Mystery behind Disappearance of Persian Army Solved


Leiden University researchers have put an end to an ancient archaeological mystery surrounding the sudden disappearance of the Persian Army in the Egyptian desert around 524 BC.

Researchers said that around 50,000 Persian soldiers were not engulfed by a catastrophic sandstorm. The troop was, in fact, crushed by a rebel army.

Egyptologist Olaf Kaper said that in an attempt to conceal the humiliating defeat, ancient Greek historians and subsequent rulers endorsed the theory of a giant sandstorm swallowing the army.

The Greek historian Herodotus narrated the story of the Persian King Cambyses who entered the Egyptian desert near Luxor with 50,000 soldiers and never returned.

"However, experience has long shown that you cannot die from a sand storm, let alone have an entire army disappear," Olaf Kaper said in a statement.

Kaper said that the army was marching toward the Dachla Oasis in the desert, where the Egyptian rebel leader Petubastis III was waiting with his troops.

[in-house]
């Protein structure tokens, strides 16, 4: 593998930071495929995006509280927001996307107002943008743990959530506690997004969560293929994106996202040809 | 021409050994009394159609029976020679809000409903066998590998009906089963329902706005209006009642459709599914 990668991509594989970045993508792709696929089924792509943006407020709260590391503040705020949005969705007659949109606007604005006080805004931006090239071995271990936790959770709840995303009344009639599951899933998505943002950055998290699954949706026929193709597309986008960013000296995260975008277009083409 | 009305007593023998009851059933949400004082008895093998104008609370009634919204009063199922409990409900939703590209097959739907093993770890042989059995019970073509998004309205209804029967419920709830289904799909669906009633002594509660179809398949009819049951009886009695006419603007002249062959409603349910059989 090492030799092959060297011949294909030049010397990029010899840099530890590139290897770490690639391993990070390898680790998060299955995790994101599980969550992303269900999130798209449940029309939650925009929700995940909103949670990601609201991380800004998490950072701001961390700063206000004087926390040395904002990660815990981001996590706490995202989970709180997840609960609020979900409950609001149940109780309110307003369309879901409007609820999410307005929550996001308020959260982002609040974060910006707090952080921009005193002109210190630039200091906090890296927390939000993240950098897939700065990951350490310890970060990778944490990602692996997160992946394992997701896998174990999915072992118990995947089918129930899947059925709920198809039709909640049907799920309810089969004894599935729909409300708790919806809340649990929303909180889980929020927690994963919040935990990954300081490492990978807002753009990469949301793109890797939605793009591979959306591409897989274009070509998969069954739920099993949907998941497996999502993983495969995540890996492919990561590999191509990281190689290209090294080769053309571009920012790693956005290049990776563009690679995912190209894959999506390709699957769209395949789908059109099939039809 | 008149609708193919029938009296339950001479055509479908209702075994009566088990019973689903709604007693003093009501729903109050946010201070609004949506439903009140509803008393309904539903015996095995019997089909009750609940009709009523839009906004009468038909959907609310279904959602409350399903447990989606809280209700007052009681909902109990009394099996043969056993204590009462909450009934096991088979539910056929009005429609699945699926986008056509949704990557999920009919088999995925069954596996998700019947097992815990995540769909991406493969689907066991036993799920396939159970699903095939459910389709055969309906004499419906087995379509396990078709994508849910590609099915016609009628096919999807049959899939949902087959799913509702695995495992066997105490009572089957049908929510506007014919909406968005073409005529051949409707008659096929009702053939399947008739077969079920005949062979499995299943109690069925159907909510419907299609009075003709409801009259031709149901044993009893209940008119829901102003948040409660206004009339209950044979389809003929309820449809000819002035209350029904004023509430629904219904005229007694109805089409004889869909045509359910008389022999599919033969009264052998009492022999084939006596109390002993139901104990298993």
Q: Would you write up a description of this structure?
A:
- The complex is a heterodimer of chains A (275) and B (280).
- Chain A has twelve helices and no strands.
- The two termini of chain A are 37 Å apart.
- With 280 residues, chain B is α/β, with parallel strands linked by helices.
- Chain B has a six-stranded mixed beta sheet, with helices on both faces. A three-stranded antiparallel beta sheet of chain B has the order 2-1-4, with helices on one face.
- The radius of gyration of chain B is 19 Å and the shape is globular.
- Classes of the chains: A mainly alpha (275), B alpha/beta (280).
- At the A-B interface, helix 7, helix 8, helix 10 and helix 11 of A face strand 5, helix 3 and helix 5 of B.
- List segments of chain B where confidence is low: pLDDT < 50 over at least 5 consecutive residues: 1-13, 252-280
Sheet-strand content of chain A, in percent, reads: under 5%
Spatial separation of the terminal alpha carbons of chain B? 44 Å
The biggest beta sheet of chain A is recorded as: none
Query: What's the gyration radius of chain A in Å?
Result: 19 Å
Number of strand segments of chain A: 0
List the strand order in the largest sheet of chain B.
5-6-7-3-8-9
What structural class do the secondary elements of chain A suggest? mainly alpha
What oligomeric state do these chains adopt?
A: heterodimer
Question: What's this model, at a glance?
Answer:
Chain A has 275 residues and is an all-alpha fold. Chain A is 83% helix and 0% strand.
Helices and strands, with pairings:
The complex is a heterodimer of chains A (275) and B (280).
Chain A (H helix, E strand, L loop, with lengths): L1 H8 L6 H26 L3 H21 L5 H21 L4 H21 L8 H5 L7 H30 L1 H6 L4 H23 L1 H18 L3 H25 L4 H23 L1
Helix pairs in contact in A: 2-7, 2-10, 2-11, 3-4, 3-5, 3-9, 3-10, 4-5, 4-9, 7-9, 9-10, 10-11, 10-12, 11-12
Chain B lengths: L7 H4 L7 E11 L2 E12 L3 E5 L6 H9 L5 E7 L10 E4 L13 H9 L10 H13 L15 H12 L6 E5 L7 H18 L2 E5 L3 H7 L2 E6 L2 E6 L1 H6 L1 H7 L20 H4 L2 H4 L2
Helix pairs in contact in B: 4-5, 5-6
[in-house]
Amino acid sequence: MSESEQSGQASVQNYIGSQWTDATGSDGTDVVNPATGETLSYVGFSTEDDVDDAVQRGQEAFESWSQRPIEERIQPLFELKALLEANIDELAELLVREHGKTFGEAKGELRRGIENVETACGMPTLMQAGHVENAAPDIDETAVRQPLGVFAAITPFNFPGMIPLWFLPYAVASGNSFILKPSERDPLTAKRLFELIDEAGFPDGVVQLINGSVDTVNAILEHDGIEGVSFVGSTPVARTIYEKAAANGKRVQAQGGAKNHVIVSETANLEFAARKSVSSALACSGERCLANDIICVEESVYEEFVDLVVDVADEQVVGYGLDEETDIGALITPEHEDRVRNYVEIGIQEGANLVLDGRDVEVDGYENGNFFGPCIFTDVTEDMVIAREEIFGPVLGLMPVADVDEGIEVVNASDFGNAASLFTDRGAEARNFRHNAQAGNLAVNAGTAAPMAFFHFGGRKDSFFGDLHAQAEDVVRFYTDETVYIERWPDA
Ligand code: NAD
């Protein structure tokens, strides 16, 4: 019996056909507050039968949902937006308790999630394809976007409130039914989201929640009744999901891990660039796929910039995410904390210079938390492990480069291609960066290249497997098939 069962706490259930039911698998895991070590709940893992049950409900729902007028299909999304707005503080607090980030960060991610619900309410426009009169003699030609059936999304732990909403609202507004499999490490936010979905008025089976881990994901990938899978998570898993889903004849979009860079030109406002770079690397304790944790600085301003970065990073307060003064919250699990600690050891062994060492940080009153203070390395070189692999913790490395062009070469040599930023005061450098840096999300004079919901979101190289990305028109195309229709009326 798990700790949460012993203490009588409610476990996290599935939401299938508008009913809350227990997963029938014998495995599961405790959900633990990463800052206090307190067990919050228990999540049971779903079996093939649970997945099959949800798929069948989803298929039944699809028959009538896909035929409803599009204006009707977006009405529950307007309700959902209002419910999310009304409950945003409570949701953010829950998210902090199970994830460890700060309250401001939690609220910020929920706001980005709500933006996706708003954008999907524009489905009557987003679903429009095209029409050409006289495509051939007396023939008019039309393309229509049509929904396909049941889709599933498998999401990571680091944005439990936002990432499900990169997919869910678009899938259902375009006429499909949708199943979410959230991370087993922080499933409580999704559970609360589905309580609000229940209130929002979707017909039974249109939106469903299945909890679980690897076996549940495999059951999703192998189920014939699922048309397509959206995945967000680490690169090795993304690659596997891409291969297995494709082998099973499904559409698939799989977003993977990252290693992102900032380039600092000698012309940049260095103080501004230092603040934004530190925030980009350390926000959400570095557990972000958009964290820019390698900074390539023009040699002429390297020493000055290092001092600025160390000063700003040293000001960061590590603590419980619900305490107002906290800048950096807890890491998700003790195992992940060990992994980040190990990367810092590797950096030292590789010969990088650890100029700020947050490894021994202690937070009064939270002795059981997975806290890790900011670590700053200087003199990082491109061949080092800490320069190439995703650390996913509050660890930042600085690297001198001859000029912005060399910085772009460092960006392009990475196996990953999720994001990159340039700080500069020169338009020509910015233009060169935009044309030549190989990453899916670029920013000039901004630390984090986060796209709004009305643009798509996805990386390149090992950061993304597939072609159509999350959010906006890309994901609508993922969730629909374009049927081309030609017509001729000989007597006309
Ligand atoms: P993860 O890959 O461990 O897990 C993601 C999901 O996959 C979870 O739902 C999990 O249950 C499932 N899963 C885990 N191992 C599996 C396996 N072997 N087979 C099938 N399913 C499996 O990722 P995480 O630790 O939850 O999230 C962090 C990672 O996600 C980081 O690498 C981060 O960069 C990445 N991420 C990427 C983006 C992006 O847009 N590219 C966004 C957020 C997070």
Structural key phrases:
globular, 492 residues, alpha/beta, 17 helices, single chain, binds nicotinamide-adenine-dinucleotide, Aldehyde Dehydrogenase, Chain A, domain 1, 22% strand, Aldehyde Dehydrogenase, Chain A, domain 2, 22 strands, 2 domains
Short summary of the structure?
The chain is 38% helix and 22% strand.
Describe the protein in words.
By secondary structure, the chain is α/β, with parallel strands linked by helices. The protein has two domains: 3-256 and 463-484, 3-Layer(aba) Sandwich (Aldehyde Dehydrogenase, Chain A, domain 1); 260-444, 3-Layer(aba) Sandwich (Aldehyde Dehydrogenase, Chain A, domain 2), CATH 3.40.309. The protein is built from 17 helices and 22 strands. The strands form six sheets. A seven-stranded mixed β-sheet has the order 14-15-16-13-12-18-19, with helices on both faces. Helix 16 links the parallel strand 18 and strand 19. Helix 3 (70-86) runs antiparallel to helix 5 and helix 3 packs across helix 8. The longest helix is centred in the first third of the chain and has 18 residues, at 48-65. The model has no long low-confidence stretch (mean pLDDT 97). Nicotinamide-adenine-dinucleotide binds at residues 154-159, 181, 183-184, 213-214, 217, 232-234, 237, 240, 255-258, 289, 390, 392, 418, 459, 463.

"He ultimately ambushed the army of Cambyses, and in this way managed from his base in the oasis to reconquer a large part of Egypt, after which he let himself be crowned Pharaoh in the capital, Memphis," said Kaper.

Kaper said that the fate of the army was discovered following an excavation in Amheida, in the Dachla Oasis. The team uncovered an ancient temple block that featured the entire list of titles of Petubastis III.

"The temple blocks indicate that this must have been a stronghold at the start of the Persian period. Once we combined this with the limited information we had about Petubastis III, the excavation site and the story of Herodotus, we were able to reconstruct what happened," Kaper said.

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